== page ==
On the occasion of International Teachers’ Day, we would like to highlight the daily lives of teachers working in sometimes dangerous conditions, as is currently the case in the Sahel. Despite the risks, they remain dedicated and loyal to their commitment to education.
The 2021-2022 school year begins against a backdrop of a security and health crisis in Mali, West Africa. On the eve of the students’ return to class, Daouda Doumbia, director of the Mopti Teaching Academy – where Aide et Action is implementing two projects – testifies to the current context:
“The security crisis has affected all development sectors in the Mopti region, including education. The right to education is today threatened in the regions of central Mali where the Mopti region has become the epicentre of the security crisis with the closure of hundreds of schools and other learning centres causing teachers to move with the populations of the affected areas to relatively secure localities.”
In the region of Mopti, since 2015, the education system remains severely affected due to insecurity and inter-community conflicts. As of July 31, 2021, the Teaching Academy had registered 263 non-functional schools disrupting the education and lives of 17,449 children (8,733 boys and 8,716 girls) and 437 teachers.
Teachers, targets of terrorism
Over the past three years, several teachers have been kidnapped by armed groups in the towns of Ténenkou, Djenné and Korientzé. Even today, four serving teachers are still held captive by armed groups hostile to the school. Worse, closing schools is not always enough to protect communities; school infrastructure has also been destroyed and school furniture and teaching materials have been set alight in certain localities.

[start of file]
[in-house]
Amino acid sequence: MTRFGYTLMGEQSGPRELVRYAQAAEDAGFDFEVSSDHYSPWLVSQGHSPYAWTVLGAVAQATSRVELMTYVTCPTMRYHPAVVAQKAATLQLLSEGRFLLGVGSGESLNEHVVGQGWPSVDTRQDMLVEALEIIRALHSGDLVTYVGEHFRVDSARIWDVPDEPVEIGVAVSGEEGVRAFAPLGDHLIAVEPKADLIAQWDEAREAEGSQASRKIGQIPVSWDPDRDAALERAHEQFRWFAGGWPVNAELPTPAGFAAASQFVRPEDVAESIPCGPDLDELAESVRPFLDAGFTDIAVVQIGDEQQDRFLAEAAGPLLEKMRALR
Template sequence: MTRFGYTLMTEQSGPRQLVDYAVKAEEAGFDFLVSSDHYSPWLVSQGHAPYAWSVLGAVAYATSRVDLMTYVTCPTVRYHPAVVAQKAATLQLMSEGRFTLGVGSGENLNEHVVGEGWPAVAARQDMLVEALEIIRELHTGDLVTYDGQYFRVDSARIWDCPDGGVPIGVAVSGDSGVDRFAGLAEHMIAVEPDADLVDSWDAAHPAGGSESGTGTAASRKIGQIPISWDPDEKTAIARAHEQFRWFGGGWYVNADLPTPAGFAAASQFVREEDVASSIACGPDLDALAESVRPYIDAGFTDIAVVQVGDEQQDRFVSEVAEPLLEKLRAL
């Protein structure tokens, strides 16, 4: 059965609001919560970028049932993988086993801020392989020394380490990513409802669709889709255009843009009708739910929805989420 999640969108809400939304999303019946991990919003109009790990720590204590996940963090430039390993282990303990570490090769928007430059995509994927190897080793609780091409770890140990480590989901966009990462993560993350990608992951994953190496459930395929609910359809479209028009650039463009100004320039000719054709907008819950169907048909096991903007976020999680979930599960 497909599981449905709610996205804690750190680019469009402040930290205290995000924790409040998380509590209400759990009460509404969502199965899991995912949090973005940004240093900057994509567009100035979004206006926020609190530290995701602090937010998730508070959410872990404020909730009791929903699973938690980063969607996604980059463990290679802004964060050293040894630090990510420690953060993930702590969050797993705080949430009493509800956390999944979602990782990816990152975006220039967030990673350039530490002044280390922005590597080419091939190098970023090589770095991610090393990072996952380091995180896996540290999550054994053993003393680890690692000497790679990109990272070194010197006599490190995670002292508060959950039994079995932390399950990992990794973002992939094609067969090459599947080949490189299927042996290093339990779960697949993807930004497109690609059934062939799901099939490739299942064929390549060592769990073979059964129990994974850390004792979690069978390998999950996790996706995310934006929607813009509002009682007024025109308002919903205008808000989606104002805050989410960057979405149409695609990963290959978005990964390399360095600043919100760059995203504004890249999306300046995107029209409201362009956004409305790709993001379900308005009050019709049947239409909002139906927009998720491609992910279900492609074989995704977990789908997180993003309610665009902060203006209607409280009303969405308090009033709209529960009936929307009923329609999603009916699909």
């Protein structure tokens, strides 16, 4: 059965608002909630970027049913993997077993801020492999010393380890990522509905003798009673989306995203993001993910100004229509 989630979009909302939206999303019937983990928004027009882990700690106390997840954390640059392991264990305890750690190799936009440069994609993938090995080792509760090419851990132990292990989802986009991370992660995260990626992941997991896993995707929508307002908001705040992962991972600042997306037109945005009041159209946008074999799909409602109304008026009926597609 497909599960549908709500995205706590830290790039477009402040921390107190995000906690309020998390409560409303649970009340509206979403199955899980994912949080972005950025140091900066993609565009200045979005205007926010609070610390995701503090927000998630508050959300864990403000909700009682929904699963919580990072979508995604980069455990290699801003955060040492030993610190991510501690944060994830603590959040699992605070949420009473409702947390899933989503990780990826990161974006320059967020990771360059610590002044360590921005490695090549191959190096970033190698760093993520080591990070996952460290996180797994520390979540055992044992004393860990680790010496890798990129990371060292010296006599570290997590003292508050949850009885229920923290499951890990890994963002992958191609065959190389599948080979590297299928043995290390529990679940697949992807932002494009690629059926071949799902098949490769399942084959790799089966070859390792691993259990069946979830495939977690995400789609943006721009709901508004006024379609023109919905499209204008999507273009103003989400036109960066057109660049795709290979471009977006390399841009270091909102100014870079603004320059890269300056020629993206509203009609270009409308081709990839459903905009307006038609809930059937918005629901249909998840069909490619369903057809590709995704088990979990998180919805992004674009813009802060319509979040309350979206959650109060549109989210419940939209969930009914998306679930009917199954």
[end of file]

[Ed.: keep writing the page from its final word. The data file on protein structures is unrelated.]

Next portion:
In this extremely tense context, working as a teacher in the Sahel region is sometimes an act of bravery. In Niger and Burkina Faso, the situation is also deteriorating over time since, in the latter country, 10% of schools are currently closed for security reasons.
“A threat at the door of our school”
Assibidi Lankoande, director of a public primary school from Dassari fears that his school’s geographical location is a cause for concern. “I approach this new school year with a lot of fear because my school is located 35 km from Manni and 5 km from Mopienga where the terrorists set fire to the local school which poses a threat to the door of our school,” he explains. “We need security measures to allow us to work peacefully. If nothing is done, our 180 students are at risk.”
Assibidi hopes that the authorities will secure the area so that classes can resume. Last year, the school, under the threat of terrorists, was closed before the end of the school year. In response, Aide et Action alongside the school’s other partners, moved students in examination classes to Manni, the chief- place of the municipality, to prepare for the end-of-year exams. “We had a 100% success rate for the Primary Studies Certificate (CEP)”, says Assibidi, applauding the partners for the patience and flexibility to accommodate the needs and risks of his students.
While teachers still too often remain alone and unprotected in the face of a threat to their jobs and even lives, urgent and essential measures and resources are needed to support them in their mission to deliver inclusive and quality education. More than ever, in such crises, the educational, as well as the social role of the teacher, deserves to be recognised and prioritised.